How do you think the new GigE standards will influence the machine vision industry?
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Wandering the floor of last month's Society for Information Display (SID) show in Long Beach, Calif., I thought back to when I was a kid watching my family's first TV, a 10-inch Hallicrafters in glorious black and white. Who then would have dreamt of a thin 108-inch set—in COLOR!—like the one mounted in the Sharp booth?
But enough of my drooling over something that won't ever make it to my living room wall. The hot topics at SID, it seems to me, were the emergence of LEDs to replace fluorescent backlighting, and the growth of sunlight-readable displays. In many cases the two go hand-in-hand.
LEDs, for example, would lessen the power required by laptop and notebook computers, leading to longer battery life, and the power savings would provide more nits per watt. The LEDs also would provide better color and thinner displays. And they're plug and play: take out the CCFL and install the LEDs. This works from the tiniest displays all the way up to a 70-inch Sony monitor backlit by 1,152 LEDs from OSRAM Opto Semiconductors.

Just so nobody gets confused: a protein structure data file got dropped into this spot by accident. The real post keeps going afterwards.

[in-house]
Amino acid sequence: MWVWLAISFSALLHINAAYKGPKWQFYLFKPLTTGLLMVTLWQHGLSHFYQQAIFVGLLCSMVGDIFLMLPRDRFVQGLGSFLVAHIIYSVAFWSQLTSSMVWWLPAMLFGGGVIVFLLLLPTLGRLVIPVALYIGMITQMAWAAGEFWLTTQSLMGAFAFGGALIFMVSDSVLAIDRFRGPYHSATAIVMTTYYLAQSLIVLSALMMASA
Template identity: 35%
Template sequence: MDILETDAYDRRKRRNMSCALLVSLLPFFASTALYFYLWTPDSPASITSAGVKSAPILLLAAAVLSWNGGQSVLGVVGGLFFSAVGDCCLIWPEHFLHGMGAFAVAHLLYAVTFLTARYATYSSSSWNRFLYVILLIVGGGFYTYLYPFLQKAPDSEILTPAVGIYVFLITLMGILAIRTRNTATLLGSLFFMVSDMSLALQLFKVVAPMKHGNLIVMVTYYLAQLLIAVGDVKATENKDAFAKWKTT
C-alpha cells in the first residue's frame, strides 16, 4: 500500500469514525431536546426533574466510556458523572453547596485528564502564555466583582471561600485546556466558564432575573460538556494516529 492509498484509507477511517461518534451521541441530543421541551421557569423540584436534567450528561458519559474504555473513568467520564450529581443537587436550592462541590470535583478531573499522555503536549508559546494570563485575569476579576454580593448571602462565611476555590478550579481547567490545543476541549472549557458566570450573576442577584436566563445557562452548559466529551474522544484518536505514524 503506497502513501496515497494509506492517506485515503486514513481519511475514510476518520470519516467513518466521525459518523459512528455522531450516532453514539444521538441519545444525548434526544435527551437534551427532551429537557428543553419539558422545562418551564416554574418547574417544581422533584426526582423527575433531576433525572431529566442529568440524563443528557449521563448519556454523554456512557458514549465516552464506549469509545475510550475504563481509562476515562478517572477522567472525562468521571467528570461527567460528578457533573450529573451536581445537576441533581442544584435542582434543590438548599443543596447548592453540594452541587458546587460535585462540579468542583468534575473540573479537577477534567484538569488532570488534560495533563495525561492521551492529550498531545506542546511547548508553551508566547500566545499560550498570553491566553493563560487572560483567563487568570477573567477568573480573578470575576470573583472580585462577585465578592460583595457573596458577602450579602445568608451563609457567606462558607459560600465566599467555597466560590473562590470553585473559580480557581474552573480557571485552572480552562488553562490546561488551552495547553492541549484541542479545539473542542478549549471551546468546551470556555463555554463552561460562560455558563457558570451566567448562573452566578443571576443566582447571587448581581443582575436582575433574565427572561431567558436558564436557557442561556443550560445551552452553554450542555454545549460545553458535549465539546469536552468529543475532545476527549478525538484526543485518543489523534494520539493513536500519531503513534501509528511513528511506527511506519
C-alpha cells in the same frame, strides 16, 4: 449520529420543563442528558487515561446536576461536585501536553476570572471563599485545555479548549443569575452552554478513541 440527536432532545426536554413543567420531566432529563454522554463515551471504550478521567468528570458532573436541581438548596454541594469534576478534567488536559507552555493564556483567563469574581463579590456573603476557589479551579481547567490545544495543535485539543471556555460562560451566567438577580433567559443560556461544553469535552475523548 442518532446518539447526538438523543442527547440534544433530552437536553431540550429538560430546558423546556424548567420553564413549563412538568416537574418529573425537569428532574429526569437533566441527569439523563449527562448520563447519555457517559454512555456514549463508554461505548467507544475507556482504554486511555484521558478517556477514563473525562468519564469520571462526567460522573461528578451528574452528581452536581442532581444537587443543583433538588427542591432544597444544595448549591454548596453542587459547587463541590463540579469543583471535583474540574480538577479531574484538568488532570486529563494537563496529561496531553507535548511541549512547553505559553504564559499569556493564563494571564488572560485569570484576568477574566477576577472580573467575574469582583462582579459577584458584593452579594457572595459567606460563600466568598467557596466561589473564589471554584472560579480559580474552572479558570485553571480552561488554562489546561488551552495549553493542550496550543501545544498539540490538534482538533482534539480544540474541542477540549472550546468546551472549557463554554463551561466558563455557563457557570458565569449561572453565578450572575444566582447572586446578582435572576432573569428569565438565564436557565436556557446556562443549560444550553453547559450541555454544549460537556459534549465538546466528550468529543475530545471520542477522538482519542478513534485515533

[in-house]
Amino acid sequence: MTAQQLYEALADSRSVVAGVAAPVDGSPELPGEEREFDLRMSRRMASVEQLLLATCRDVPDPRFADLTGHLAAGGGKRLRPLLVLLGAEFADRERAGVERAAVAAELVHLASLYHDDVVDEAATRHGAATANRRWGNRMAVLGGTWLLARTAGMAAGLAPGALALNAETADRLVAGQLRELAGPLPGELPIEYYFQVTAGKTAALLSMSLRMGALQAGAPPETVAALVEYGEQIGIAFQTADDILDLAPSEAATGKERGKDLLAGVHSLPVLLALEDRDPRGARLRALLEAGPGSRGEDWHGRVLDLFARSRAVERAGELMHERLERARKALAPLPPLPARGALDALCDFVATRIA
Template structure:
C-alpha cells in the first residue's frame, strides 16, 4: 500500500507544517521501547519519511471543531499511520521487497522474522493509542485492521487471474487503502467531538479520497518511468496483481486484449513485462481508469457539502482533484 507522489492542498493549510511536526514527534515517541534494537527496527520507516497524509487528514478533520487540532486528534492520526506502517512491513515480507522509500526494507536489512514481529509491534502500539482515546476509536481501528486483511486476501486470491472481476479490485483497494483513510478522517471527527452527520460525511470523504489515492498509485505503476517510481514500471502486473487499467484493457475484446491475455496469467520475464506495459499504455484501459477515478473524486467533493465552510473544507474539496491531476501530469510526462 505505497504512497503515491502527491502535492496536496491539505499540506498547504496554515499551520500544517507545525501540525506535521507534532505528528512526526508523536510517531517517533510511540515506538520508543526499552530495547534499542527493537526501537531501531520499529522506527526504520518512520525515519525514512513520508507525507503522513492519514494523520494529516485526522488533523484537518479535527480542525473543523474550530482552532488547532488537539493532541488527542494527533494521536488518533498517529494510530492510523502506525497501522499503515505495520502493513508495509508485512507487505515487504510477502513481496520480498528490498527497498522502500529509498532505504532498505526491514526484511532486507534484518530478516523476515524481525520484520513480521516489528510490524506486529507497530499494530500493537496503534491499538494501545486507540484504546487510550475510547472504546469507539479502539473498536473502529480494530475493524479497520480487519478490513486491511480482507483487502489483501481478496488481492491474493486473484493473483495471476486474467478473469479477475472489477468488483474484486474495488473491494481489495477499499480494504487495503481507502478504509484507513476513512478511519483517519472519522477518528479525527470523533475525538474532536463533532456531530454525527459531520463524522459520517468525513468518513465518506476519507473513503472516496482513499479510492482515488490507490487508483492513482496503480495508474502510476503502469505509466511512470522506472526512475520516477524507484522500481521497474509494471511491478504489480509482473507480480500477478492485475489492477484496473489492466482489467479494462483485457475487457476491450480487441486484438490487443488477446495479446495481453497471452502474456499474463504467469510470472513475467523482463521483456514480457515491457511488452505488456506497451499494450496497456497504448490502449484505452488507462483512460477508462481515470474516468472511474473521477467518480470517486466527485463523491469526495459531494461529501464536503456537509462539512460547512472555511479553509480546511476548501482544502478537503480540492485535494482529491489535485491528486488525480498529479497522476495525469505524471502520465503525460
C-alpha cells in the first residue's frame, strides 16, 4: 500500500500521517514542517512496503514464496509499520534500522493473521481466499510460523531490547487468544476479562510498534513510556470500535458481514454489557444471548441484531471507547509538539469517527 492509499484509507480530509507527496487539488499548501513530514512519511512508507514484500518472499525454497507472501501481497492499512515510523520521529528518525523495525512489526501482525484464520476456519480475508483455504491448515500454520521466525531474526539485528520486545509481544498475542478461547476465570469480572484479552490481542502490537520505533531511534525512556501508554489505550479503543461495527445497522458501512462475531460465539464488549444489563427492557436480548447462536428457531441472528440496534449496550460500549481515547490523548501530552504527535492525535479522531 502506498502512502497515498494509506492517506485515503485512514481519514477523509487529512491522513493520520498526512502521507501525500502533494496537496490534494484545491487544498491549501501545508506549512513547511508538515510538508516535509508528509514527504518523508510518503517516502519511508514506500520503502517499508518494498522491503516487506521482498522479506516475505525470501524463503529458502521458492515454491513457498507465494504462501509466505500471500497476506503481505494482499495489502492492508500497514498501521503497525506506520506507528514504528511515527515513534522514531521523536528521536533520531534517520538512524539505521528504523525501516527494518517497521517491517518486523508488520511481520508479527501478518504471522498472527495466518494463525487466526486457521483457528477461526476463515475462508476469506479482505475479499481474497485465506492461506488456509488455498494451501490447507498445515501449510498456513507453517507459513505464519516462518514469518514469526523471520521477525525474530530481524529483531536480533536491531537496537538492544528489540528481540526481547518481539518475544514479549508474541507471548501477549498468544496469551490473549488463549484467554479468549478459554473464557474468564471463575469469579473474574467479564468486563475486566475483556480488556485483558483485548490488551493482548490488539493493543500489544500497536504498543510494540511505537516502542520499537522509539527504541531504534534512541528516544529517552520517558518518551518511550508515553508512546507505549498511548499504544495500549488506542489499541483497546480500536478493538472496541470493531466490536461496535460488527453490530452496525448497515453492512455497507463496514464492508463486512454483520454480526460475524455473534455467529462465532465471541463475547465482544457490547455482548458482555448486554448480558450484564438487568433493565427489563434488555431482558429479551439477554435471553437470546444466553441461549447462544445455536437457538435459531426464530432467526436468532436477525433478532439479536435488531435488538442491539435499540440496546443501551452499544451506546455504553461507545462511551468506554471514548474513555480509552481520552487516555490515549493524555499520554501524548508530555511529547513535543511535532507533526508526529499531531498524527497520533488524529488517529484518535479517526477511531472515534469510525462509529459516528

Some of the other companies at SID working in this arena include NEC Electronics, Apollo Display Technologies, Global Lighting Technologies and Global Display Solutions.
Who hasn't gone to an ATM or a restaurant drive-up window and been unable to read the screen? The traditional method of improving outdoor readability has been to overpower the ambient light. Today, however, a number of companies are using LEDs and other technology to solve the problem.